Natural Artifice

 

Recreating

 

– Robyn Pittenger

Look at any fashion magazine cover and what do you see? Flawless skin. Silky hair. Long eyelashes. Full, shiny lips. Large, well-shaped breasts. Slender waist. Shapely legs. Tiny feet.

Perfect, right? According to anyone.

According to anyone.

Hold on a second.

First off, like we said in “Not the Boss of Me,” who gets to decide that this is perfection?

And regardless of what individuals made these standards, they are human.

Breast implants, liposuction, botox, plastic surgery (Dare I say it? Gender changes,)— these procedures that are designed for drastic changes to the human body are to re-form something that God created and pronounced good into the shape of man’s desires.

So God created man in His own image; in the image of God He created him; male and female He created them.” -Genesis 1:27

Then God saw everything that He had made, and indeed it was very good. So the evening and the morning were the sixth day.” -Genesis 1:31

Creativity is a God-give talent. It is man thinking God’s thoughts after Him. But when we attempt to rework one of God’s creations, we are attempting to play God.

For You are great, and do wondrous things; You alone are God.” -Psalm 86:10

Imagine you are sitting at a table doing some random doodling with a pen. You’re not truly paying attention to what you’re doing, just letting your mind wander and your pen wander with it. You sketch a little stick man in a field with a cartoon sun coming up behind him. Then suddenly that little stick figure…moves. It looks at you with its two little dotted eyes and suddenly you hear it saying: “Hey! You! Yeah, you! Why did you have to draw me this way? Are you stupid?! I don’t have any hands or feet, I can’t move! I don’t have a tongue! And why’d you put me out here in the middle of nowhere? What did I ever do to you, huh?! Gimme that stupid pen, I’m drawing the rest of this myself.”

You might not have been considering or planning the way you drew your irritable little stick-man, but God put an infinite amount of care and creativity into making each and every human being. There may be similar faces in the world, but no two fingerprints are the same. There may be similar personality types, but no one is going to think exactly the same way. The God who loves us and sent His only Son to die for us assembled us in a certain way…and we repay Him by taking a scalpel and silicone to augment what He created? Soon what we’re looking at is no longer a creation of God but a construction made with synthesized material to satisfy an ever-changing social ideal. A plastic model. Not even a doll— a Frankenstein. We’re living the ultimate horror movie. And the poster is everywhere.

But indeed, O man, who are you to reply against God? Will the thing formed say to him who formed it, “Why have you made me like this?” Does not the potter have power over the clay, from the same lump to make one vessel for honor and another for dishonor?’ -Romans 9:20-21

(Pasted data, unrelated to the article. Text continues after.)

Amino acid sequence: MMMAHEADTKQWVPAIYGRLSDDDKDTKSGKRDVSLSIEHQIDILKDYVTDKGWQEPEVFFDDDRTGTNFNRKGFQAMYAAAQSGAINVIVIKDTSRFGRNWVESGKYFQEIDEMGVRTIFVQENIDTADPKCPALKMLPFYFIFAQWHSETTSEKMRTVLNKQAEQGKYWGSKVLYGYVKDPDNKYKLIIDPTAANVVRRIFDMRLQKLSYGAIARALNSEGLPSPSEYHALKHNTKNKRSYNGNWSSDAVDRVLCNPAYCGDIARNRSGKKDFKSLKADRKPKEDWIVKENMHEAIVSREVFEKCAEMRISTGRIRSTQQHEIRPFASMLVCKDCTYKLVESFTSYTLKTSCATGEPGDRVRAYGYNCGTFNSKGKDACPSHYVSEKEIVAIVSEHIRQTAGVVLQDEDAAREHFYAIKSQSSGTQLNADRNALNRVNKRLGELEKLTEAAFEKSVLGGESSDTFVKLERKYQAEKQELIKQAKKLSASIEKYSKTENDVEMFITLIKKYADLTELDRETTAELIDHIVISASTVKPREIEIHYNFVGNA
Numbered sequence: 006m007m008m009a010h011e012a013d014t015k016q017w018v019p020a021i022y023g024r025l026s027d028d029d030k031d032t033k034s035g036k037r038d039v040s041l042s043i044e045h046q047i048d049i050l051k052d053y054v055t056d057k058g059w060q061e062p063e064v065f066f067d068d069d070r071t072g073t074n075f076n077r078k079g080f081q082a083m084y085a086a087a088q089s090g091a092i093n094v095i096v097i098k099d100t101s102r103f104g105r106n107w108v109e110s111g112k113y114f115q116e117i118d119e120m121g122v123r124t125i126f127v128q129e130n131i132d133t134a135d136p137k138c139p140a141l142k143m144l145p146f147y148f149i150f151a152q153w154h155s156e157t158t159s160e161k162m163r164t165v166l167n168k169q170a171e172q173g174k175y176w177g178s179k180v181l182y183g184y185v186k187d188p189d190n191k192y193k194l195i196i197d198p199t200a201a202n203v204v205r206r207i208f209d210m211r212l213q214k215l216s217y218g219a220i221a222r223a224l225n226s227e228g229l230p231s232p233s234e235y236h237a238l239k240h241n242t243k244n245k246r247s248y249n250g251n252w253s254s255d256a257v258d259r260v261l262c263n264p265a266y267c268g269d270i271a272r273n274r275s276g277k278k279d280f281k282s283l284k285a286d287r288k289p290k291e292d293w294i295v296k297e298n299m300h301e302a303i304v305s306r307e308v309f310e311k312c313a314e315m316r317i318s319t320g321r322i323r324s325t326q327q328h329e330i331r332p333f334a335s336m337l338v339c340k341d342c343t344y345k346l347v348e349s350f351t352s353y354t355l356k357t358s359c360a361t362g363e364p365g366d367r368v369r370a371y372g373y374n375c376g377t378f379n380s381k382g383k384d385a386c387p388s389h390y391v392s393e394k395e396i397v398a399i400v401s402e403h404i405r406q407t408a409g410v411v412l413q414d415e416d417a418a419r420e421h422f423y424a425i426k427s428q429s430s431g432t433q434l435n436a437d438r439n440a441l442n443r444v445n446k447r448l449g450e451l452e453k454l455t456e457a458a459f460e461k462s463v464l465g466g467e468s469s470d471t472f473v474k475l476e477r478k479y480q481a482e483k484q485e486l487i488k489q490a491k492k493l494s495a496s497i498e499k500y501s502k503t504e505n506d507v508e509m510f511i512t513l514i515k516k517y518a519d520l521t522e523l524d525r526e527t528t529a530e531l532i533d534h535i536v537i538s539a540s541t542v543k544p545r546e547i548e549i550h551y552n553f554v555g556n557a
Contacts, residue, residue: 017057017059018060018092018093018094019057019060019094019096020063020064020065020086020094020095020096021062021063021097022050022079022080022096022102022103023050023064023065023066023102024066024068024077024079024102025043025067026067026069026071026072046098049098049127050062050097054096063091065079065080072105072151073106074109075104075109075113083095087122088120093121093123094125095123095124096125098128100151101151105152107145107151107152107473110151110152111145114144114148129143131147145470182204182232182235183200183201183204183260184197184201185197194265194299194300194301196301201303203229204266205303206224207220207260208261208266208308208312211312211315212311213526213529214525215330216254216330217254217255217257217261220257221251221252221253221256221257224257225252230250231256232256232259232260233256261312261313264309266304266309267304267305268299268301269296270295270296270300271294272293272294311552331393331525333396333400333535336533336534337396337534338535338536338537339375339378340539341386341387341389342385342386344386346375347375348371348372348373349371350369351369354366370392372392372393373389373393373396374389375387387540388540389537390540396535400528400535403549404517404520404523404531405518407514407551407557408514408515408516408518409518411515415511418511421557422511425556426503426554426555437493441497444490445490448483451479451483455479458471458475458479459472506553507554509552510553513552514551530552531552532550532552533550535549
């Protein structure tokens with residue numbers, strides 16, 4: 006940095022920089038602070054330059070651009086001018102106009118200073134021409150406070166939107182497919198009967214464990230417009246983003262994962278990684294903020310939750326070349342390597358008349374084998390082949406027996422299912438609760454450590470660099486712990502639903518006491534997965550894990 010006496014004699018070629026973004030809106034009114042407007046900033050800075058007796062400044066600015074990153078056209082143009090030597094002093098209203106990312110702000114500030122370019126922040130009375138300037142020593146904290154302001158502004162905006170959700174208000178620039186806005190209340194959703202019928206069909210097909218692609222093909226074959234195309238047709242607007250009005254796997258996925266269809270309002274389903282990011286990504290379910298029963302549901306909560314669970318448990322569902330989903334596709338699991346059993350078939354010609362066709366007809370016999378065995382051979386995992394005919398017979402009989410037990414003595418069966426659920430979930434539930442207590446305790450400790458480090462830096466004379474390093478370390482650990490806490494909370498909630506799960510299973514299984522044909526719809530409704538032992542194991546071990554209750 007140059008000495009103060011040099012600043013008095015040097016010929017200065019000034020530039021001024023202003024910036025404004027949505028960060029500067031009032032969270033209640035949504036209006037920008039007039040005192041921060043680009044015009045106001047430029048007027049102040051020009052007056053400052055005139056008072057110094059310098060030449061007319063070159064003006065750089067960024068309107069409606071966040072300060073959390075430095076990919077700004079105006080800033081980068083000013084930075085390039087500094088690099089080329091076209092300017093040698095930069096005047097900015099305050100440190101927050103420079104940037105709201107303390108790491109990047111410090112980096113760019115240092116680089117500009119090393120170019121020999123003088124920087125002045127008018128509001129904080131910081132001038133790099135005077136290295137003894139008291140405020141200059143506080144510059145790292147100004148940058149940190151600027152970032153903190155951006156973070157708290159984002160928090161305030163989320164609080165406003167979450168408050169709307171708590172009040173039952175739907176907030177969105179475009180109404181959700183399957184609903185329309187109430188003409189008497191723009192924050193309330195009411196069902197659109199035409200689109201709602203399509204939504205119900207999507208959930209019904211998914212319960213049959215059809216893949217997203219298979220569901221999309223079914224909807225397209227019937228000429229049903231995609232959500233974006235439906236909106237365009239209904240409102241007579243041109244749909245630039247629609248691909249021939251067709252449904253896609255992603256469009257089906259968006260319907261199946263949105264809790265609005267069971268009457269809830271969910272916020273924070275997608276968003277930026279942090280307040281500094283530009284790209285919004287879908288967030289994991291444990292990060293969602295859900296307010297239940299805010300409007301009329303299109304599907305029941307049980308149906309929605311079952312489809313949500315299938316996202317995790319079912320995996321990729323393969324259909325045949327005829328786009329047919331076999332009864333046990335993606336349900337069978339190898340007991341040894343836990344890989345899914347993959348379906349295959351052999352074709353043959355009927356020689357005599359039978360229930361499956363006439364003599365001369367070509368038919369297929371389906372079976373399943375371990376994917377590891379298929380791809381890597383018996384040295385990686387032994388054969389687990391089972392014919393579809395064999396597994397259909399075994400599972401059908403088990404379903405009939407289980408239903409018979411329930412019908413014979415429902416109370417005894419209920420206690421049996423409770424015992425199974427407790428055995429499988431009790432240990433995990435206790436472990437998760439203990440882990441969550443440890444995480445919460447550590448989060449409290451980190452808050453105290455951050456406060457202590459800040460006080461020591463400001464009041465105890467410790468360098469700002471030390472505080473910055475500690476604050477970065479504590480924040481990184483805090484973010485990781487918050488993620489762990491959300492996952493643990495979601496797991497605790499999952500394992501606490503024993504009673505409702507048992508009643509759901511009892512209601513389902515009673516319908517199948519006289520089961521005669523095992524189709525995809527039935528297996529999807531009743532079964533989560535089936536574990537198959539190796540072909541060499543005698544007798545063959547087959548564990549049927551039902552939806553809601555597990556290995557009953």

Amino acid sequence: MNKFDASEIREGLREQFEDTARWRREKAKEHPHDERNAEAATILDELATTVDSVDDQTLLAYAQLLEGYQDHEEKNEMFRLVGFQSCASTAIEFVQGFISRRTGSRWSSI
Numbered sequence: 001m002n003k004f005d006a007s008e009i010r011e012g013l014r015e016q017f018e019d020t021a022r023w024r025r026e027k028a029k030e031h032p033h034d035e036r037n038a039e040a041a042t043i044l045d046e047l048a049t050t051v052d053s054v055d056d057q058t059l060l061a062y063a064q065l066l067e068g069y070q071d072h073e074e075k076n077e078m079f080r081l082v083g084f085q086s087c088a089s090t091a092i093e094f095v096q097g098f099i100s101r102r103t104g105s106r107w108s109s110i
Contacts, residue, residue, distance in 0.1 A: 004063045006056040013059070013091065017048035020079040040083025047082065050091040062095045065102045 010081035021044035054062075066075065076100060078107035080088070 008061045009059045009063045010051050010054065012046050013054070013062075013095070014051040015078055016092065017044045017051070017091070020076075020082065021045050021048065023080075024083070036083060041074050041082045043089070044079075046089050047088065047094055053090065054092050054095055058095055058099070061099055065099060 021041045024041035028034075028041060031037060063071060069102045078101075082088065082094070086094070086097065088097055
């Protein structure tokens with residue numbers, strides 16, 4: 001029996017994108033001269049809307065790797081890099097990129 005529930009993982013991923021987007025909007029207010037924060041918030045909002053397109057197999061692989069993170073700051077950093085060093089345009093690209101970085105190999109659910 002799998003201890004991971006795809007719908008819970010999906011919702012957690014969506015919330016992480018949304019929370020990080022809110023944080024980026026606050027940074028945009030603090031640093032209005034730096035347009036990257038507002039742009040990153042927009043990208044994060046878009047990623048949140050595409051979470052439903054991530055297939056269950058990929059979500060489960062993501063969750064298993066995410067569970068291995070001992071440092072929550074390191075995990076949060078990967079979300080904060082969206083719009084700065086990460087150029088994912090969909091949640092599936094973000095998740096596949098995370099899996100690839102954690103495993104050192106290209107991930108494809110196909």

There is a difference between truly cosmetic surgery and using technology wisely, as good stewards of the gifts God has given us. Some girls need breast reductions for health reasons because the weight is hard on their back. Some birth defects such as cleft palettes and tongue-ties can be harmful to eating habits and speech. And at the risk of being controversial, hermaphrodites (people born with both male and female body parts) are painful examples of the way sin has infected the natural growth process of children in the womb. God has given us the technology to treat these things, a small means of counteracting the consequences of the sin mankind brought into the world.

But not to force mankind into the mold of our imagination. Not to re-form, remake or revise—not to play God.

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3 Comments

  1. Em said,

    February 21, 2011 at 9:07 pm

    SO true. Too many people try to play God. (I keep thinking of “Playing God” by Paramore.)

    Thanks, Robyn. This was a beautiful, and jarring, post.

  2. February 22, 2011 at 1:57 am

    Gorgeous post, Robyn! “Not to re-form, remake, or revise” … powerful words.

    How tempting it is to make our own decisions about what’s important and what’s beautiful! It’s so easy to follow other people’s opinions like lemmings. It’s hard to be different. It hurts.

  3. Hades said,

    May 24, 2011 at 11:32 pm

    I agree with your point that plastic surgery and other means of reshaping ones body are wrong, and the messages sent out by the fashion industry and our culture are wrong. I like the ends, but not the means. I don’t think the problem is “playing God.” I think the issue is that society sets out an unrealistic standard for beauty which results in insecurity, lack of self respect, and negative body image.


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